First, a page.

(d) DOE will contact routine violators that requested units for remediation within 30 days of sending the official letter to the manufacturer(s), distributor(s), and/or private labeler(s) to determine the status of the remediation.

(e) If remediation is successfully completed, DOE will issue a Notice indicating a person is no longer considered to be a routine violator. The Notice will be issued no more than 30 days after DOE has received documentation demonstrating that remediation is complete.

[81 FR 45403, July 14, 2016]

§429.154   Remediation.

(a) Any party found to be in violation of the regional standards may remediate by replacing the noncompliant unit at cost to the violator; the end user cannot be charged for any costs of remediation.

(1) If a violator is unable to replace all noncompliant installations, then the Department may, in its discretion, consider the remediation complete if the violator satisfactorily demonstrates to the Department that it attempted to replace all noncompliant installations.

(2) The Department will scrutinize any “failed” attempts at replacement to ensure that there was indeed a good faith effort to complete remediation of the noncompliant unit.

(b) The violator must provide to DOE the serial number of any outdoor unit and/or indoor unit installed not in compliance with the applicable regional standard as well as the serial number(s) of the replacement unit(s) to be checked by the Department against warranty and other replacement claims.

(c) If the remediation is approved by the Department, then DOE will issue a Notice of Remediation and the violation will not count towards a finding of “routine violator”.

[81 FR 45403, July 14, 2016]

§429.156   Manufacturer and private labeler liability.

(a) In accordance with §429.102, paragraphs (a)(10) and (c), manufacturers and private labelers are prohibited from selling central air conditioners and heat pumps to a routine violator.

(1) To avoid financial penalties, manufacturers and/or private labelers must cease sales to a routine violator within 3 business days from the date of issuance of a Notice of Finding of Routine Violation.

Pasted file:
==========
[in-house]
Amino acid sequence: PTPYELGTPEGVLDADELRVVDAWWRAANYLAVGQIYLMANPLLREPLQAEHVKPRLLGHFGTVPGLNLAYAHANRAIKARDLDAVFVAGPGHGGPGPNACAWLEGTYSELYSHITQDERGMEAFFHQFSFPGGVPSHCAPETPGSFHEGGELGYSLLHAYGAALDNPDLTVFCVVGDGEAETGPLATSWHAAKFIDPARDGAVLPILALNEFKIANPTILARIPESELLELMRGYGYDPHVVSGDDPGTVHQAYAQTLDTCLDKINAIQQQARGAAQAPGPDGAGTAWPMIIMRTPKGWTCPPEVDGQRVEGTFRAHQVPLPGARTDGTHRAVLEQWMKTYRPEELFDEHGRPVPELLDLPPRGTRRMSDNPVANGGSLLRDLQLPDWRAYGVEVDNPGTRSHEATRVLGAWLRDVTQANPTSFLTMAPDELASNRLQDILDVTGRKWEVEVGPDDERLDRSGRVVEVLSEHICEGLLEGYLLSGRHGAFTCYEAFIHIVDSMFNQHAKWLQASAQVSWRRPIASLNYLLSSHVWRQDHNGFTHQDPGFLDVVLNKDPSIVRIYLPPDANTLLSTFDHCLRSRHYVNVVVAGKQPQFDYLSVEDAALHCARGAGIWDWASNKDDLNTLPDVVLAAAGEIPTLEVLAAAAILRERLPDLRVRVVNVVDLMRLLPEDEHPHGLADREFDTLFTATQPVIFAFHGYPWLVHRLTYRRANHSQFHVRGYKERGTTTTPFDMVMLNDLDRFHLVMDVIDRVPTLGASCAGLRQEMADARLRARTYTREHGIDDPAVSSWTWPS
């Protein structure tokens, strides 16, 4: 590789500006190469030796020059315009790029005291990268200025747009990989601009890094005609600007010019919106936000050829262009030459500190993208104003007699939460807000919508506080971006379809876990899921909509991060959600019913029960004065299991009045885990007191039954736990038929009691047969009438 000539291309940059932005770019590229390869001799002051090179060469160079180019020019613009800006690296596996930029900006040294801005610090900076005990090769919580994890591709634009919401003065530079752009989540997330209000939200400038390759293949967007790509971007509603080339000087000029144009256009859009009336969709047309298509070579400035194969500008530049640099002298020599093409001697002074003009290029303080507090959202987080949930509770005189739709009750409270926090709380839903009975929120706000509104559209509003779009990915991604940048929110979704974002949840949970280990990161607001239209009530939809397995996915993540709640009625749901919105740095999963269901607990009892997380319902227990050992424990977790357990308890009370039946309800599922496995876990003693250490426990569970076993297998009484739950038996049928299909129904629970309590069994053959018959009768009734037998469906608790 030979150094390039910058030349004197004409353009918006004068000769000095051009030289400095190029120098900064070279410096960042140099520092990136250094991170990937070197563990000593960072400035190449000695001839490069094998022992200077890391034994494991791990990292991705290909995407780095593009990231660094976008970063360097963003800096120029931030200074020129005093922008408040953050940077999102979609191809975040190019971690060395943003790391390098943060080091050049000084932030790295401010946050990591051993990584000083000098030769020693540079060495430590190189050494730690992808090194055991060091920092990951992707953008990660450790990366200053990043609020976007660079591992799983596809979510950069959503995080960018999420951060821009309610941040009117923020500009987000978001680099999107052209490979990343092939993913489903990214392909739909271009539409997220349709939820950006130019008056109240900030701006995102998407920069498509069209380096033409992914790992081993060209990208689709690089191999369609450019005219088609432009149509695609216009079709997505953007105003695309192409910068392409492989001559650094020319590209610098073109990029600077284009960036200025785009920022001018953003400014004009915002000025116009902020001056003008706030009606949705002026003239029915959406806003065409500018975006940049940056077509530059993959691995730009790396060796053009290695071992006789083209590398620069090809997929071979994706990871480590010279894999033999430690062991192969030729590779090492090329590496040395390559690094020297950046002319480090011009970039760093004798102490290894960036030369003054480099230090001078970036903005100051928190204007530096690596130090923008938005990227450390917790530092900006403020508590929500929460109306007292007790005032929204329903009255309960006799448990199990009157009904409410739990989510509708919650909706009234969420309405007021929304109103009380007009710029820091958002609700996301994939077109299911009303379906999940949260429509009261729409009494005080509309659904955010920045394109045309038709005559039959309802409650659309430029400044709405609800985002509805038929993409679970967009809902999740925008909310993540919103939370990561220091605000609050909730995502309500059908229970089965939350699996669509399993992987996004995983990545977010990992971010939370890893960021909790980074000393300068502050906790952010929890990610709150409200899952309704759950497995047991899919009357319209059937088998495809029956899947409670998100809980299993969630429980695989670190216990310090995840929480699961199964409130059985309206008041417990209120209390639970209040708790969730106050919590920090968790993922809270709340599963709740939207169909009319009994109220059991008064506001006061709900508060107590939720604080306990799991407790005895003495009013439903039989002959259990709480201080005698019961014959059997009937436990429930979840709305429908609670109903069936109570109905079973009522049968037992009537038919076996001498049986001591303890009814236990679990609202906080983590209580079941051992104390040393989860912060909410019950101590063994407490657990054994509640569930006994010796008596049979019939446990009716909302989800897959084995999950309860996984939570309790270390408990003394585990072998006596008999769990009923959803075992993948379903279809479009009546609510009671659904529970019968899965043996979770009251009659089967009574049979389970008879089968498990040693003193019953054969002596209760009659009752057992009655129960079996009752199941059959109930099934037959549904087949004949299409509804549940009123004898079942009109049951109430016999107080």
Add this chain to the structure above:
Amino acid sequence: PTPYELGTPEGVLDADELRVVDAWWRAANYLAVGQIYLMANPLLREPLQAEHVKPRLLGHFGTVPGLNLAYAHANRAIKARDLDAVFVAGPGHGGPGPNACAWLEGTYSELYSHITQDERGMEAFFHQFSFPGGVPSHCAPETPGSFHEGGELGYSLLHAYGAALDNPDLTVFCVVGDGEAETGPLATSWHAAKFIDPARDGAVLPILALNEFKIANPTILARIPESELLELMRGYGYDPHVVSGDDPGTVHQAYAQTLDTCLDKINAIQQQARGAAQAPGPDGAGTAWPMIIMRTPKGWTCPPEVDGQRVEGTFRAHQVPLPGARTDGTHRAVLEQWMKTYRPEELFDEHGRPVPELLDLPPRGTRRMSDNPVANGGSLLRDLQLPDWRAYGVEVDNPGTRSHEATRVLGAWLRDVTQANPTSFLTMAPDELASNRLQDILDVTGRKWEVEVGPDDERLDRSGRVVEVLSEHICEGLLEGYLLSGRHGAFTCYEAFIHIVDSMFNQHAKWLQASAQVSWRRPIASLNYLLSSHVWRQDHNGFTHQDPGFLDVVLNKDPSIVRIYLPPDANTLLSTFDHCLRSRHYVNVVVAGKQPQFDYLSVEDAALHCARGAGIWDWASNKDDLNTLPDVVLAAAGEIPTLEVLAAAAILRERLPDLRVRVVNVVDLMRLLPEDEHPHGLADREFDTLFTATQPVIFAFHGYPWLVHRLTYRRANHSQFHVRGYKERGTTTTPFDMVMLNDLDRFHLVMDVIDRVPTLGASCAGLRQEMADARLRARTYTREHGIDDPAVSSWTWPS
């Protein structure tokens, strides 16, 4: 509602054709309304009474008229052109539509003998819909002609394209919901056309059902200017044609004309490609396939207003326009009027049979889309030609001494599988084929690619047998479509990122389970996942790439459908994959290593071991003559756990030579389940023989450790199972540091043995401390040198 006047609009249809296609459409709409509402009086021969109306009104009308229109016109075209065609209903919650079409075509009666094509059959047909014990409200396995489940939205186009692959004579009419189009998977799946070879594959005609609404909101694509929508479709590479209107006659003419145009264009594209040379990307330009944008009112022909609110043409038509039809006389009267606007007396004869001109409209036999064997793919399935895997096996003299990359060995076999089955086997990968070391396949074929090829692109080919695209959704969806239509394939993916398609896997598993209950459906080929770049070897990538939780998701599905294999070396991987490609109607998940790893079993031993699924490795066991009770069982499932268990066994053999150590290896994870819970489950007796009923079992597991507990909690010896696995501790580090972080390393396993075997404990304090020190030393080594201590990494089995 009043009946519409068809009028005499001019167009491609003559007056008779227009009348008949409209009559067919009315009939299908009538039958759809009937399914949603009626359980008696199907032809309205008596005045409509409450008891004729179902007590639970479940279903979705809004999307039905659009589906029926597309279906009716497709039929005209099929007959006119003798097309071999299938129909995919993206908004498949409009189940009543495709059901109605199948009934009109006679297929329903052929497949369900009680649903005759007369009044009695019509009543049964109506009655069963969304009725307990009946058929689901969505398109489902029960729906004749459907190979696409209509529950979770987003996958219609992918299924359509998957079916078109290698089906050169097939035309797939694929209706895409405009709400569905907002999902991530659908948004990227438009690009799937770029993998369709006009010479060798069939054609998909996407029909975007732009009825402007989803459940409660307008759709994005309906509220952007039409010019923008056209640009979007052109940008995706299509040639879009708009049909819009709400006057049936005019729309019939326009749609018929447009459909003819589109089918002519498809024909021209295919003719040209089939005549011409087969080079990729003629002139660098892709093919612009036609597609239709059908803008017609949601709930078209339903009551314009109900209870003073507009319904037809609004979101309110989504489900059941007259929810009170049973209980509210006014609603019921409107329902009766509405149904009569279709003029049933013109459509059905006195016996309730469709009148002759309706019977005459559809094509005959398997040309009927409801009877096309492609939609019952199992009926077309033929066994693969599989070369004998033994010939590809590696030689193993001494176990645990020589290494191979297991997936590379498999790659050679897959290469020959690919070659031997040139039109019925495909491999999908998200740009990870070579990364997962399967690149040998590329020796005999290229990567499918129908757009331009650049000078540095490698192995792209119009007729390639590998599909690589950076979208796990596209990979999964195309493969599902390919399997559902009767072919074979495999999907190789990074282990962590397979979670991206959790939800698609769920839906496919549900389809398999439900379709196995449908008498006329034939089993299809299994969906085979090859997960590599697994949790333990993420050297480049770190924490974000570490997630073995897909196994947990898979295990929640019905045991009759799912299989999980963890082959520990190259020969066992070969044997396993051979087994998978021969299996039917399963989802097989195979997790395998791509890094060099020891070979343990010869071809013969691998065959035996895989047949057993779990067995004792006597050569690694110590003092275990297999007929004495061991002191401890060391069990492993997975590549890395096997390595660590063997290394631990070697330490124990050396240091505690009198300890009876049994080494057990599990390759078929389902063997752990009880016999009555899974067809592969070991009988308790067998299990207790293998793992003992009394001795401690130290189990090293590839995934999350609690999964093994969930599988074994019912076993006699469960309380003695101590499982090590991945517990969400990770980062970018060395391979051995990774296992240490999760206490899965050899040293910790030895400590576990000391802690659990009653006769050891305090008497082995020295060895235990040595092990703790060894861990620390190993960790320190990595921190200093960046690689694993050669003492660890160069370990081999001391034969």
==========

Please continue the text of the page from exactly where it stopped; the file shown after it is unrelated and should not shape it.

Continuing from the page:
(2) If a Routine Violator files a Notice of Intent to Appeal pursuant to §429.150, then a manufacturer and/or private labeler may assume the risk of selling central air conditioners to the Routine Violator during the pendency of the appeal.

(3) If the appeal of the Finding of Routine Violator is denied, then the manufacturer and/or private labeler may be fined in accordance with §429.120, for sale of any units to a routine violator during the pendency of the appeal that do not meet the applicable regional standard.

(b) If a manufacturer and/or private labeler has knowledge of routine violation, then the manufacturer can be held liable for all sales that occurred after the date the manufacturer had knowledge of the routine violation. However, if the manufacturer and/or private labeler reports its suspicion of a routine violation to DOE within 15 days of receipt of such knowledge, then it will not be liable for product sold to the suspected routine violator prior to reporting the routine violation to DOE.

[81 FR 45403, July 14, 2016]

§429.158   Product determined noncompliant with regional standards.

(a) If DOE determines a model of outdoor unit fails to meet the applicable regional standard(s) when tested in a combination certified by the same manufacturer, then the outdoor unit basic model will be deemed noncompliant with the regional standard(s). In accordance with §429.102(c), the outdoor unit manufacturer and/or private labeler is liable for distribution of noncompliant units in commerce.

(b) If DOE determines a combination fails to meet the applicable regional standard(s) when tested in a combination certified by a manufacturer other than the outdoor unit manufacturer (e.g., ICM), then that combination is deemed noncompliant with the regional standard(s). In accordance with §429.102(c), the certifying manufacturer is liable for distribution of noncompliant units in commerce.

(c) All such units manufactured and distributed in commerce are presumed to have been installed in a region where they would not comply with the applicable energy conservation standard; however, a manufacturer and/or private labeler may demonstrate through installer records that individual units were installed in a region where the unit is compliant with the applicable standards.

[81 FR 45404, July 14, 2016]

Need assistance?